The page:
Racing is dangerous.
Of course that ought to seem obvious. Cars are run at the absolute limits of adhesion, pushed far past the point of good sense. Former Formula 1 World Champion Phil Hill once noted that in order to win you must at time take grave risks.
But when we think of risks we always think of the drivers. Consider this, I have seen personally seen following men drive: Bruce McLaren, Mark Donohue, Peter Revson, Jerry Titus, Francois Cevert, Swede Savage and Greg Moore. I’ve held out flags for Moore. They all died racing.
But the truth is that racing isn’t truly safe for anyone. I’m a corner worker, and we too play on the other side of the spectator fence. We have a barrier to hide behind, legs to run, eyes to see, and a blue flagger to protect us when our back is turned. But none of us has a roll cage, a five-point harness or a fuel cell. We stand out there naked with our flags and fire extinguishers. Things can go bad quickly at 130 MPH.
Today my friend Glenn Miller was killed in a racing accident at Nelson Ledges Road Course. Glenn was an engineer and a teacher, a lean, high-strung man with a quick laugh and beer in his hand around the campfire. He drove in road rally competition. He was a damned good corner worker, and damned serious about what happened out there where race cars dance. In 2004 he suffered a stroke, and spent the season chomping at the bit to get back out on a corner station. He loved pool, racing and his family in indeterminate order.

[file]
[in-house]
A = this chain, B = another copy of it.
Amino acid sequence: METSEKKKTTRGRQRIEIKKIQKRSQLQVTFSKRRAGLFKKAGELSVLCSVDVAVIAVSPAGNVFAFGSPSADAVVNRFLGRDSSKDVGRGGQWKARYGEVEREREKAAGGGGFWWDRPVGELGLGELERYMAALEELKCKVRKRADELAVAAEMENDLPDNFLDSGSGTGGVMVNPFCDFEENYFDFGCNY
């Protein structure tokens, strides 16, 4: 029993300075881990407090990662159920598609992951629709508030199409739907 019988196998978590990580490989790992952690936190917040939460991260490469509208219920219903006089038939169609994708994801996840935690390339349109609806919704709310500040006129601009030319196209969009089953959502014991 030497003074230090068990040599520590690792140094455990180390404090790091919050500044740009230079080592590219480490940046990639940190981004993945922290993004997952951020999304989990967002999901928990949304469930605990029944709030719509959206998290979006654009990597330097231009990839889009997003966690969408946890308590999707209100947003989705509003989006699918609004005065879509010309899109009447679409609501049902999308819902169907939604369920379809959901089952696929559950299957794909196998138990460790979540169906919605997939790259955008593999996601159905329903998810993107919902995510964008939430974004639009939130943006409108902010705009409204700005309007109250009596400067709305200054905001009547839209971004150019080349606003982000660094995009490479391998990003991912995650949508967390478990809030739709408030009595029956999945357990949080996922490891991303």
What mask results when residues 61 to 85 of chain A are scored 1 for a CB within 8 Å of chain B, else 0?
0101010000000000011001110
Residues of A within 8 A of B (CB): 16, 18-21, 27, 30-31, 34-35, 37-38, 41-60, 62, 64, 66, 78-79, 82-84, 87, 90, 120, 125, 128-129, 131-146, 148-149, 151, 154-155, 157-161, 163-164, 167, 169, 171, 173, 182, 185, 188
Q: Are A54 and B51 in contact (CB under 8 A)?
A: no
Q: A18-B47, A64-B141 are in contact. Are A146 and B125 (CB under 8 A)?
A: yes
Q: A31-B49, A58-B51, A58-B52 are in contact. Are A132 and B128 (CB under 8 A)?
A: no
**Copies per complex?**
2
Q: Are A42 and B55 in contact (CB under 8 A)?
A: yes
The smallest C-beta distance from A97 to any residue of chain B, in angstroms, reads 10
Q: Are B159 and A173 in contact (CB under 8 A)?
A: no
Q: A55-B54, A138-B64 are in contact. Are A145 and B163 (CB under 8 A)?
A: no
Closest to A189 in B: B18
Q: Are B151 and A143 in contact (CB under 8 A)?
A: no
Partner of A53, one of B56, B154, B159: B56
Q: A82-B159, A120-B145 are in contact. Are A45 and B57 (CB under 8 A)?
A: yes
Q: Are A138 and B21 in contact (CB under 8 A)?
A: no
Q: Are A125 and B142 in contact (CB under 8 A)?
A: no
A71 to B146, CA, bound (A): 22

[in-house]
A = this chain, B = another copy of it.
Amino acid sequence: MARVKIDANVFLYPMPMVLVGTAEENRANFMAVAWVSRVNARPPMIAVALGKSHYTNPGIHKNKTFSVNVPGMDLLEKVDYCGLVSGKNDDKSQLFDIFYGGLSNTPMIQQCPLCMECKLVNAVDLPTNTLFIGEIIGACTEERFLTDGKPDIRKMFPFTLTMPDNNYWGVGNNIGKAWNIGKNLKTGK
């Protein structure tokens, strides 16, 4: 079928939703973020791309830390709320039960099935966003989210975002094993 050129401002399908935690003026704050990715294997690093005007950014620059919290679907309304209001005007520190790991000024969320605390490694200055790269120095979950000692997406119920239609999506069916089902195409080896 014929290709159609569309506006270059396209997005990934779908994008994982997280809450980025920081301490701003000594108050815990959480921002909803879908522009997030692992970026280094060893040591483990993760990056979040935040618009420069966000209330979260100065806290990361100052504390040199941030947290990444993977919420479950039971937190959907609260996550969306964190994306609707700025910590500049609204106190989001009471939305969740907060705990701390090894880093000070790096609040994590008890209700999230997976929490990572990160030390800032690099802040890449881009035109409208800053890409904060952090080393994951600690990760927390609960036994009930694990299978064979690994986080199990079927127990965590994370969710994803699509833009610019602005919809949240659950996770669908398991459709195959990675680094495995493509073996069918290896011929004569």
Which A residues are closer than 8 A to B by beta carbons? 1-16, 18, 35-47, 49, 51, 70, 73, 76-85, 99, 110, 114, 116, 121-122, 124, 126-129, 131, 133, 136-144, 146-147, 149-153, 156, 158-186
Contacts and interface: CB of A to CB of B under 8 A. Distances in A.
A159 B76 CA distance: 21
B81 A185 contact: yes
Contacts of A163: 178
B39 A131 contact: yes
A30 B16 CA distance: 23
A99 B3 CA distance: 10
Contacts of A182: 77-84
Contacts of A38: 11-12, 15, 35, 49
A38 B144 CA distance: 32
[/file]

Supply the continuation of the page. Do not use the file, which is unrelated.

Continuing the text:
Glenn called me a friend. He served as crew for me, and when I was sitting in the trailer dejected after stuffing my car into a tree at Summit Point he was the one who came to cheer me up, to get me going again.
Glenn was married with three children. They were all raised at the track and they’re all corner workers. Mindy just got her engineering degree, Candy’s still in college and Doug’s earned an academic scholarship to college. There good kids, happy and smart, at least until now. I never met his wife, and I wish that when we do meet it could come under happier circumstances.
I don’t yet know the details of Glenn’s death, but they really don’t matter. Shit happens in racing, and sometimes shit happens to you. I do know that my friend died doing something he loved.
Every fall at Nelson Ledges the men and women of Lake Erie Communications remember those corner workers who have passed on. They work Station 1, there spirits out there to enjoy the racing and to remind the rest of us what we have to live up to. We blow their whistles and remember them. Until now none have died on track.
I think Glenn’s whistle will prove hard to blow.